Smoggy air costs Californians more than $521 million a year — a price paid in hundreds of trips to the emergency room, thousands of hospital admissions and millions of missed school days, according to an Environmental Working Group analysis of state data. Smog is also responsible for the deaths of hundreds of Californians of all ages each year and other permanent impacts to children's health. But many of those lives, and much of the cost, would be saved by reducing statewide smog levels to the tougher standards under consideration by the California Air Resources Board (ARB).
Smog is a health risk to all Californians, but the burden is disproportionately borne by asthma patients and children. Air Resources Board scientists estimate that meeting the proposed tougher smog standards would, each year, avert 300 emergency room visits for asthma attacks, 4,000 hospital admissions for treatment of asthma and other respiratory diseases, and 3.3 million school absences. In Los Angeles County alone, schools would see more than 1 million fewer absences a year. Since state support of local schools is based on attendance, the cost of smog-related absences to California school districts totals $82 million a year — and the cost to parents of the affected children is three times that.
Smog is primarily caused by ozone air pollution. High levels of ozone, like those found in the Los Angeles air basin and throughout the Central Valley, irritate lung passages, causing coughing, wheezing, chest tightness and shortness of breath. People with pre-existing lung disease are particularly affected. African-Americans suffer the highest rates of asthma. People of color also have more severe asthma symptoms, with double or more the rate of asthma-related hospitalization and death. Poorer families have higher rates of asthma and less access to medical care, meaning that they are unduly impacted by air pollution.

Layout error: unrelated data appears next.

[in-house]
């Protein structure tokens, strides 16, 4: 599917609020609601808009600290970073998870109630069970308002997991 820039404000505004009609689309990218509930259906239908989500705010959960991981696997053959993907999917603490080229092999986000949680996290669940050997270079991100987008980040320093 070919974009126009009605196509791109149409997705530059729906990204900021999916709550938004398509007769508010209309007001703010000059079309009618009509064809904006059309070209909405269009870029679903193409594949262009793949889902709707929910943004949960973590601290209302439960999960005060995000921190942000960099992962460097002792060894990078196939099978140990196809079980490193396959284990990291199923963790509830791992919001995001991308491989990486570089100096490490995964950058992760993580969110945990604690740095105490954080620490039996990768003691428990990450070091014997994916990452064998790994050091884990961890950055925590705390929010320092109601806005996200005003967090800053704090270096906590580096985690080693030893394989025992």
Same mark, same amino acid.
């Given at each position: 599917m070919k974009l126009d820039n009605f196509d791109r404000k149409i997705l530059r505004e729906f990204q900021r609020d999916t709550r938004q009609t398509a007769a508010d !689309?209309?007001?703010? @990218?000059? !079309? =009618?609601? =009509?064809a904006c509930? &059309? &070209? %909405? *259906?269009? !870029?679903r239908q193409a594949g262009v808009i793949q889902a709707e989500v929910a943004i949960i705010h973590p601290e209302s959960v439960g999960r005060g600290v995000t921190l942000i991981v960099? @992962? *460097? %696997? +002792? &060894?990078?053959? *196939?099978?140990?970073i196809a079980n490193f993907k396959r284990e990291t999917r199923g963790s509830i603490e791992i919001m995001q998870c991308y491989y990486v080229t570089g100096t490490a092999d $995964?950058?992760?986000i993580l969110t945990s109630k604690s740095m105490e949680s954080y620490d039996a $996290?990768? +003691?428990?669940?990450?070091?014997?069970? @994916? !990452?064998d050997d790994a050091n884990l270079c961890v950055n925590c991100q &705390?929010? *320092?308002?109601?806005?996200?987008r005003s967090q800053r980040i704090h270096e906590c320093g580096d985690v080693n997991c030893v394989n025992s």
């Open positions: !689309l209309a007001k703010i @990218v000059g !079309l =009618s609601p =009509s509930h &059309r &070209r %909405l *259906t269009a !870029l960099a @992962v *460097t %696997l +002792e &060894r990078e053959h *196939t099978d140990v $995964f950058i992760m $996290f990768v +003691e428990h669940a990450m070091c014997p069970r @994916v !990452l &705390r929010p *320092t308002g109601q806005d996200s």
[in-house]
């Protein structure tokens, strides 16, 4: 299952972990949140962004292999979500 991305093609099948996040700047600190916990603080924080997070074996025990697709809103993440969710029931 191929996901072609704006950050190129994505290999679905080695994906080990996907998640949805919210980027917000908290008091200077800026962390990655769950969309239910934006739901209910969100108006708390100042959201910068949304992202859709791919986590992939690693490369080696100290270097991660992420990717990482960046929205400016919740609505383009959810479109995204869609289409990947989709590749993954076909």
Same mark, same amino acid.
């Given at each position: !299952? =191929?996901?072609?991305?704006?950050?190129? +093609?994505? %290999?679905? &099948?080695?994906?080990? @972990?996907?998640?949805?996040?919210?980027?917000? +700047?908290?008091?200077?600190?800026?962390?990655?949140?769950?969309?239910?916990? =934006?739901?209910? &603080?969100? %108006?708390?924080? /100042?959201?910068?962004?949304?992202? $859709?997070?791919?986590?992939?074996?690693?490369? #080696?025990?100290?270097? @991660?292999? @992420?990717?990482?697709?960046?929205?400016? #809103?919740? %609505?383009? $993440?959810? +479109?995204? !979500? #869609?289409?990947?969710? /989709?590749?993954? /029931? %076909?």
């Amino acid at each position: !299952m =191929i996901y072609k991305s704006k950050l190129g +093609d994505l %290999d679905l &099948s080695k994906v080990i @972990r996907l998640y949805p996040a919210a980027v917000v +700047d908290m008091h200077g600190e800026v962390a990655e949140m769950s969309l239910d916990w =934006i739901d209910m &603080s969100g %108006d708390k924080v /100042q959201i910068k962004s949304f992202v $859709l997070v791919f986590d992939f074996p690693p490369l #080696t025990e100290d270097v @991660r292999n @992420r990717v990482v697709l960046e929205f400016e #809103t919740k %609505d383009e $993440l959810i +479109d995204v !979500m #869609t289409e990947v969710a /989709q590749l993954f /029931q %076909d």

When smog levels peak, the state advises schools to keep children from playing outdoors. EWG obtained data for the Air Resources Board ozone monitors closest to almost 12,000 public and private schools and found that from 2000 to 2003, approximately 2,800 California schools serving 1.7 million students experienced ozone levels high enough to trigger an outdoor activity warning on at least one occasion. The worst schools, attended by more than 300,000 students, had on average five or more outdoor activity warnings each year. Achieving the proposed health-based ozone standards will alleviate the need to restrict outdoor activity and will protect California children's right to a healthy life.
California's smog problem is severe. The state is home to 7 of the 10 smoggiest cities in the United States. In recent decades, great progress has been achieved toward cleaner air: Scientists calculate that efforts to reduce ozone pollution in Southern California have already prevented more than 3 million school absences a year and provided an economic benefit of more than $245 million. But additional improvements are urgently needed and possible. In an era of budget crises, the state's educational and health care systems should not bear the burden of millions of dollars in costs that are largely preventable.
Three years ago, the Air Resources Board demonstrated California's public health leadership, and rejected the lobbying efforts of automakers and major industrial air polluters, by adopting the world's strictest standards for airborne dust and soot, or particulate air pollution. At the time, EWG estimated that meeting the tougher soot standards would save the state $580 million a year.
It's time now to take a stand on the other major component of air pollution: smog. By adopting the staff scientists' recommendations for new ozone standards, the Air Resources Board will not only help children, asthmatics, and indeed all Californians breathe easier, but also recognize that cleaner air has major economic benefits.